It is at this point that Baudrillard lays out the dialectical schema that structures his entire text: “Contrary to everything that seems obvious and ‘natural'”, the story begins, “nature’s first creatures were immortal”:

It was only by obtaining the power to die, by dint of constant struggle, that we became the living beings we are today. Blindly we dream of overcoming death through immortality, when all the time immortality is the most horrific of possible fates. Encoded in the earliest life of our cells, this fate is now reappearing on our horizons, so to speak, with the advent of cloning (Ibid.).

Thus, we risk to be returned to a pre-human stage (cast in the text as the end of man):

We are in the process of reactivating his pathological immortality, the immortality of the cancer cell, both at the individual level and at the level of the species as a whole. This is the revenge taken on mortal and sexed beings by immortal and undifferentiated life forms. This is what could be called the final solution (Ibid.:8).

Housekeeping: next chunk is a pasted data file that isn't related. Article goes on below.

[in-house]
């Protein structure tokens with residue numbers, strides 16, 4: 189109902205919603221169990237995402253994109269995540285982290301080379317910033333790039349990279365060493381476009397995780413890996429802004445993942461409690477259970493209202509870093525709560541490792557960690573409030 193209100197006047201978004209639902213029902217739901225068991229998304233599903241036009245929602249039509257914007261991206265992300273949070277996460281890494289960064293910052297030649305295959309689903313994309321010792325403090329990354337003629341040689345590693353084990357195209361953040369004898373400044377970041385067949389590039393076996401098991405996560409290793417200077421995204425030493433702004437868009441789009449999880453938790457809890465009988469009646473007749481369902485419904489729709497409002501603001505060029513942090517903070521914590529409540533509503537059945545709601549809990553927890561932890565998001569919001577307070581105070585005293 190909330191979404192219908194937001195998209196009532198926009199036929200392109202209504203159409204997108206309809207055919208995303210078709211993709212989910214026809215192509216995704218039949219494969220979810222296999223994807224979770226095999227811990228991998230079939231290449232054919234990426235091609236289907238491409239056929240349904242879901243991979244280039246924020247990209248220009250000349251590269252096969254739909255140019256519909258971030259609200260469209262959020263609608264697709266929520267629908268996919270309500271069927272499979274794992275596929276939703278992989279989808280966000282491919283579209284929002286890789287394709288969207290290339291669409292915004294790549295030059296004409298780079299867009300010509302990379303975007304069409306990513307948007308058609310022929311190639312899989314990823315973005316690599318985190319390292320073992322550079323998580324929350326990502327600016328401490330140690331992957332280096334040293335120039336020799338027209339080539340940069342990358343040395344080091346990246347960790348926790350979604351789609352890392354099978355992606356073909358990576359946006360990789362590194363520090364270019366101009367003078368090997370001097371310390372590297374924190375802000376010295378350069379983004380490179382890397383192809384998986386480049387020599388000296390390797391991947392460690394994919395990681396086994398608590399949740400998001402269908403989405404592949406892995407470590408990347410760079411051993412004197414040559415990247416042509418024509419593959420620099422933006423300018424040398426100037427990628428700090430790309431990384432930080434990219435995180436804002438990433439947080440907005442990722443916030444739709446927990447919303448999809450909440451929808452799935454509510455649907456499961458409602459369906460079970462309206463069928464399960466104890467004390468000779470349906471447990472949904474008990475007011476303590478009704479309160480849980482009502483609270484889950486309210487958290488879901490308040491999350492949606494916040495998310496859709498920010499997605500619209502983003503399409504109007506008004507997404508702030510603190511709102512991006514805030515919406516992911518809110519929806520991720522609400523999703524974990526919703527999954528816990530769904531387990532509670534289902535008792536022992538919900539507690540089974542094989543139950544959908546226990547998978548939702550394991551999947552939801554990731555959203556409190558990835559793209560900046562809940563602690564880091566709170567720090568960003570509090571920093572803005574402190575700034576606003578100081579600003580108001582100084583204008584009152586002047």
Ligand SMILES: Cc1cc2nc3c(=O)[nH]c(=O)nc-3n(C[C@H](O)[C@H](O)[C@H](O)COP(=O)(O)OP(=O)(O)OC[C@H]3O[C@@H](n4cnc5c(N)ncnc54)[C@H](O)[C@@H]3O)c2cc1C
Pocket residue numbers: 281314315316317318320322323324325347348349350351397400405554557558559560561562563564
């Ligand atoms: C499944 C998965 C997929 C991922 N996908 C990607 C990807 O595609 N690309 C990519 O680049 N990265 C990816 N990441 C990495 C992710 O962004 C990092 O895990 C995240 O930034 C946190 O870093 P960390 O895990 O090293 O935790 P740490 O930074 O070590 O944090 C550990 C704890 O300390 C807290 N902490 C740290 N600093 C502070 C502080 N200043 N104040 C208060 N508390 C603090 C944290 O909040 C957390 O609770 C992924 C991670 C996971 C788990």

Baudrillard himself succumbed to cancer in 2007.

The argument that Baudrillard is making against cloning and immortality, and against cancer and the forgetting of apoptosis, is clear: life without death is not life; death is a constitutive part of life. To take away apoptosis means to block the individuation of life. To remove the death of the individual marks the end of the individual (which Baudrillard associates – paradoxically, given the word’s etymology – with division and death) as well: it marks the entry into a world of indivisible, identical immortals.2 Although Simondon is mentioned nowhere in this late text, this is an insight that can also be found in Simondon, and one that is backed up by biology.

n his article “‘Du mort qui saisit le vif’: Simondonian ontology today”, Jean-Hugues Barthélémy addresses precisely this topic. Barthélémy begins by pointing out that in Simondon’s work, there are “three types of non-life that condition life as evolution” (2010:28). These three types of non-life are: chemical non-living (inert naturalness); the artifact; and apoptosis. Here is the hypothesis in which Barthélémy brings these three types of non-life together: